Rob Hart continues to build on his promise as a writer. After his five novel arc of unlicensed private detective Ash McKenna, delving into several different sub genres, he now melds thriller, satire, and a touch of sci-fi. The result is The Warehouse, a novel about a future that could occur by the the time your finished reading the book.
Global warming is frying Earth, automation is on the rise, employment on the drop, but consumerism is still chugging along. Hence, The Cloud, an amazon on steroids, that has become a literal refuge. The employees, live, shop, and dine in the place where they work, Mother Cloud facility, factory, mall, and apartment complex in one.
Hart views the the story through three characters. He first introduces us to Gibson Wells, the founder of Cloud, communicating through his blog posts. He informs the public that he is been diagnosed with cancer and is taking a farewell tour of the Mother Cloud facilities across the country as he decides on who will be taking control of the company. Paxton, a newly minted security guard for a Cloud facility, takes the role of protagonist. His back story of his small business being put out by Cloud will sound familiar to some who remember the amazon-Hachette feud several years back. His boss tasks him with finding the distributors of a designer drug, employees are using in the facility. He falls for Zinnia, another new hire, except she is on the shipping floor. She is also working as a spy for another corporation, trying to discover the energy source that powers the facility.
The story’s expert craftsmanship moves both plot and characters along, threading the two with emotion. Hart could have gotten away with a dark satire about the lack of humanity in runaway capitalism with the characters as symbols, but he realizes we can’t truly think about what a story has to say unless we feel. He brings each character to emotional life. Paxton is the perfect underdog. A regular guy who has lost out so often, he’s got to win something this time. Zinnia proves to be a perfectly constructed bad ass lady, who we slowly sympathize with as she has to fight her own sympathy for Paxton and her “fellow workers.” As in previous works, Rob Hart shows his talent at dealing with people fighting the behavior that life has shaped for them.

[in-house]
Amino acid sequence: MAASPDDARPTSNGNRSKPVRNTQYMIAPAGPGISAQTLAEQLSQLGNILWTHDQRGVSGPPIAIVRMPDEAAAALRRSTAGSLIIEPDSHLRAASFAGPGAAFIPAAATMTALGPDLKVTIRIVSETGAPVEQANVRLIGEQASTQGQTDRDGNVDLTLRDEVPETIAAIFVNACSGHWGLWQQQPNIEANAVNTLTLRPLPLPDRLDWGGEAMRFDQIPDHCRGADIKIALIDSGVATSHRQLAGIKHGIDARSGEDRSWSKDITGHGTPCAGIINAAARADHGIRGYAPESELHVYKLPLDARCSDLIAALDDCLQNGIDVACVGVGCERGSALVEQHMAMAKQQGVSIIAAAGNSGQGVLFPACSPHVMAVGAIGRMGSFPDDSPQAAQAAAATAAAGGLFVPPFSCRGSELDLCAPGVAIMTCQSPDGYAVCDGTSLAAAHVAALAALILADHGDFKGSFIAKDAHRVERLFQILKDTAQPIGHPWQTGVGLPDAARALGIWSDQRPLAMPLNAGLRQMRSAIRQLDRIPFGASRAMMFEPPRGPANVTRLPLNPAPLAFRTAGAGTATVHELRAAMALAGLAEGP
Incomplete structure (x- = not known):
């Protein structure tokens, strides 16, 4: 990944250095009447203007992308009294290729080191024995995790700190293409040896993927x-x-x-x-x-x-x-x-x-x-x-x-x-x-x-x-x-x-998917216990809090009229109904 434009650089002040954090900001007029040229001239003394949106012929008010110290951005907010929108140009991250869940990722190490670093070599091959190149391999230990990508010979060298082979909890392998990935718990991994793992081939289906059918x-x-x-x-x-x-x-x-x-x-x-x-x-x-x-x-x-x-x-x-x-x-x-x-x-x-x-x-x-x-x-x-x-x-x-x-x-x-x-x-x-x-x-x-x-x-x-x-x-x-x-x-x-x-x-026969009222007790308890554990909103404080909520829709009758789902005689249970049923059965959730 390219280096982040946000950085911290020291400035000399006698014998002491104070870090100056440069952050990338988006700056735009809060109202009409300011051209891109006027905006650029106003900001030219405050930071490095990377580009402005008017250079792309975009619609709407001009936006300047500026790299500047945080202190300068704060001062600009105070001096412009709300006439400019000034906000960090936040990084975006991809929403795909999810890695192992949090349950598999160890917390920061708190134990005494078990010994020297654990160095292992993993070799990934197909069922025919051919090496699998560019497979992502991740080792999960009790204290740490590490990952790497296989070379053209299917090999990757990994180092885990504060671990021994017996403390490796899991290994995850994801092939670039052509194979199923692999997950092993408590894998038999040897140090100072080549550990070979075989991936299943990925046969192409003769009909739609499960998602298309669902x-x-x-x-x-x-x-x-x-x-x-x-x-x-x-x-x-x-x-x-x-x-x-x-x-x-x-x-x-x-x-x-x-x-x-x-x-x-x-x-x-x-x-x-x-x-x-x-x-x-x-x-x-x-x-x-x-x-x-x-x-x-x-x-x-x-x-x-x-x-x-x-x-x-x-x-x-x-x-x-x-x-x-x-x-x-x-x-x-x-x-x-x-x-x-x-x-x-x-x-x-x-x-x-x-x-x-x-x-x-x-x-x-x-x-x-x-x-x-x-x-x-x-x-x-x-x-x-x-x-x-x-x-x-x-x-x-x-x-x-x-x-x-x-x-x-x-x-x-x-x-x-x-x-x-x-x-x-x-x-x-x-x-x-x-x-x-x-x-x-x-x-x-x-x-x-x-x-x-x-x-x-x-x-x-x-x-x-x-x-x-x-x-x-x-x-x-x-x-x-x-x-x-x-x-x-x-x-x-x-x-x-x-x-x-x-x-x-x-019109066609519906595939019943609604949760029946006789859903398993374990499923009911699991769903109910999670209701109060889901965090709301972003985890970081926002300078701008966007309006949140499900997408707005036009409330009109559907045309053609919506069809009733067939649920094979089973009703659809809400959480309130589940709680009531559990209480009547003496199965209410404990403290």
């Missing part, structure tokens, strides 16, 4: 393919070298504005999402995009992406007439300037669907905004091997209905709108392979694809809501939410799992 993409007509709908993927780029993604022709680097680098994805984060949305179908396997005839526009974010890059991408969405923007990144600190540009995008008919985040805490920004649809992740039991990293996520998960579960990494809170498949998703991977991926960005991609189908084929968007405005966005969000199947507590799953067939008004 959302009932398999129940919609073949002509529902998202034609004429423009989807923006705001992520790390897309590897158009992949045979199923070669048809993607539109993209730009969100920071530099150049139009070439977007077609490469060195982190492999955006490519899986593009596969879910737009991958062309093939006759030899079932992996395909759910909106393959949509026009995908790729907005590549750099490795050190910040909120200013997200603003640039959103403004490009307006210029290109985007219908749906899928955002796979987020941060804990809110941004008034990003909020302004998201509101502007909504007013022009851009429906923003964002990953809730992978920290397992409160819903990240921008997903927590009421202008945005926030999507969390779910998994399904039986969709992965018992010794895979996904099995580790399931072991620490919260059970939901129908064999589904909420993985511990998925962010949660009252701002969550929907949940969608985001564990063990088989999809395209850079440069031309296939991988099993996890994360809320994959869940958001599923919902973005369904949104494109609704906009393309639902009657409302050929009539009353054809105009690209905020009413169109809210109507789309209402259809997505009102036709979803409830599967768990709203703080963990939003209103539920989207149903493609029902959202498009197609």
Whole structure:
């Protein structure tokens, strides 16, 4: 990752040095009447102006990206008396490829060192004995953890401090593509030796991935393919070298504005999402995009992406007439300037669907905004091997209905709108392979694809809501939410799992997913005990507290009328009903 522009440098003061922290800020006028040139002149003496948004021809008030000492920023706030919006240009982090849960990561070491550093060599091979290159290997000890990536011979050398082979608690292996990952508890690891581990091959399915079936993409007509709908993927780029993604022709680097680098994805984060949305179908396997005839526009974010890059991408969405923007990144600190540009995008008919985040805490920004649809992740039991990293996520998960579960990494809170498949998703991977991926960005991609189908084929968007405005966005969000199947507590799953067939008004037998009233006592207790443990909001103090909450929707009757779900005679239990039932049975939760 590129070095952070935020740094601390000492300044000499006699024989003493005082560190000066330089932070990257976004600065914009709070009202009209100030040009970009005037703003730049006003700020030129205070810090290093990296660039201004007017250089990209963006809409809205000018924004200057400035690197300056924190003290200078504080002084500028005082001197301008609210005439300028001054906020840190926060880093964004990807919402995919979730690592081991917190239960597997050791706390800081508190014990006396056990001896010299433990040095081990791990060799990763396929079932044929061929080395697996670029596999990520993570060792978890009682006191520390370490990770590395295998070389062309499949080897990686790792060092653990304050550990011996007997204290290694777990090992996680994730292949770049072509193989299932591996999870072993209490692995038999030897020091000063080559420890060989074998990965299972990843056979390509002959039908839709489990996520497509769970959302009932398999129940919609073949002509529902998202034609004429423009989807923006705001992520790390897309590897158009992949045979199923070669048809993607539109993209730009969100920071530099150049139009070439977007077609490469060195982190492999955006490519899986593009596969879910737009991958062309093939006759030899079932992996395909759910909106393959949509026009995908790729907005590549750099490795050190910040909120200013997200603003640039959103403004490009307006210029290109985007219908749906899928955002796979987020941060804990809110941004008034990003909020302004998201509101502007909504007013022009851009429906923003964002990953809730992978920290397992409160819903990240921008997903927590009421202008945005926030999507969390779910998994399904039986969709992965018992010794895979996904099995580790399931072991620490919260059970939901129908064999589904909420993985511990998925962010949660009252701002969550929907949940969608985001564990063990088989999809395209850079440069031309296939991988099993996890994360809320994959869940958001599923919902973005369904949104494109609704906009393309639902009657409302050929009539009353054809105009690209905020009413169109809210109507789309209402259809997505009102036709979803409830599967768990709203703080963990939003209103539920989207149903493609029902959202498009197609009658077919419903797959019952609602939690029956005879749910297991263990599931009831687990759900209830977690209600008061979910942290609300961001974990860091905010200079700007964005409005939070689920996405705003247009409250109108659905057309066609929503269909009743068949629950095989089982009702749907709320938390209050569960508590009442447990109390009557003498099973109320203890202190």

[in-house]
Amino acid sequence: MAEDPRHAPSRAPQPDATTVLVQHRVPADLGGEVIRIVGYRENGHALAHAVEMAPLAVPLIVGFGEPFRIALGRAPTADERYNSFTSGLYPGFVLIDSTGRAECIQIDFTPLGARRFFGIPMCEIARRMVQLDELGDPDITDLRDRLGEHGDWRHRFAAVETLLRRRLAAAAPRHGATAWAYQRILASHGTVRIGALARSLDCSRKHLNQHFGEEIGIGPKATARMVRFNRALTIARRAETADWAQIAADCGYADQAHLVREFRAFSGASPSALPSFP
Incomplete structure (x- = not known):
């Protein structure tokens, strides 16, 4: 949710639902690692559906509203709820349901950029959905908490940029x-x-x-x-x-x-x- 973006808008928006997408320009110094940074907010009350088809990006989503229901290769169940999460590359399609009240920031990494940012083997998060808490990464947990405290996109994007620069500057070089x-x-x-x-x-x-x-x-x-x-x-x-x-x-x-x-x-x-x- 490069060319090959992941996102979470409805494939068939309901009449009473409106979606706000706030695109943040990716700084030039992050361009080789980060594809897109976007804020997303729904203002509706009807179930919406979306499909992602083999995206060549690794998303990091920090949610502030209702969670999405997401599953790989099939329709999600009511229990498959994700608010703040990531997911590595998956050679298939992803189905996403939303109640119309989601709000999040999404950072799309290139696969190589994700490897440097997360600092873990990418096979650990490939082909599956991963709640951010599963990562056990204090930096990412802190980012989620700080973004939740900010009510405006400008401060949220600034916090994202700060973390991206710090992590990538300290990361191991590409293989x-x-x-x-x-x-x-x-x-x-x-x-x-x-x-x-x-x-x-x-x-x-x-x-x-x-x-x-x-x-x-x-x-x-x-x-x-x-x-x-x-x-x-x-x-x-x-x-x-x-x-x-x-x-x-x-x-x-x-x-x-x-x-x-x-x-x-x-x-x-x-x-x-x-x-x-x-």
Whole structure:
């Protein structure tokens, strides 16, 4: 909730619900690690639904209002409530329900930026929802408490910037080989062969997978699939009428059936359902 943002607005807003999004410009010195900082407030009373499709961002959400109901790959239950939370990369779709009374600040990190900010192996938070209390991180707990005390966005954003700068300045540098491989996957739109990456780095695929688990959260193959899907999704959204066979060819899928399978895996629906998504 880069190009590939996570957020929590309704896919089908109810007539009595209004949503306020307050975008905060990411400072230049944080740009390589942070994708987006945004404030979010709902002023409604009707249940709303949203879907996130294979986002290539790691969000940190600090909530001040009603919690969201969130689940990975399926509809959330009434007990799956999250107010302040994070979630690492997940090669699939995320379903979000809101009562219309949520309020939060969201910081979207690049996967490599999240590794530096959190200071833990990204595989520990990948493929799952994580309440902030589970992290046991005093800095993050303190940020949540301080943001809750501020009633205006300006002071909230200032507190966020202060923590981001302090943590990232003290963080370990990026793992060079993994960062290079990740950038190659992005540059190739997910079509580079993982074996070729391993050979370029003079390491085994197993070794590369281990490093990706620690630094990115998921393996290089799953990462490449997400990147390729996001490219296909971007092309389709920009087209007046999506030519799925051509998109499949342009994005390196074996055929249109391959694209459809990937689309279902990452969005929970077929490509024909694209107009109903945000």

Gibson Wells proves be a creation of nuance. Introduced to us by telling us he’s dying, we are already connected. He has both a sense of humor and purpose. He is out to fight global warming. At first he appears to be a descent if sometimes misguided man. However, blog post after blog post, we glimpse more of the ego that leads to the hubris of men who make decisions that affect the many.
Hart also builds a believable world, less Mad Max than just crappy. It has become a world owned by the one percent with everyone else working for them, if they’re lucky, and becoming more aware of that reality that day. The people are more accepting of the circumstance and search to numb it, whether through drugs or consumerism. a few choose to fight. The book captures the inertia of it and how something could give at any moment.
The Warehouse serves as a keen observation of things to come without ever losing track of the people who live and work in that future. Hart realizes we can’t fear for humanity if we feel no human contact with the characters. With The Warehouse he creates a frighteningly big world seen through an intimate scale.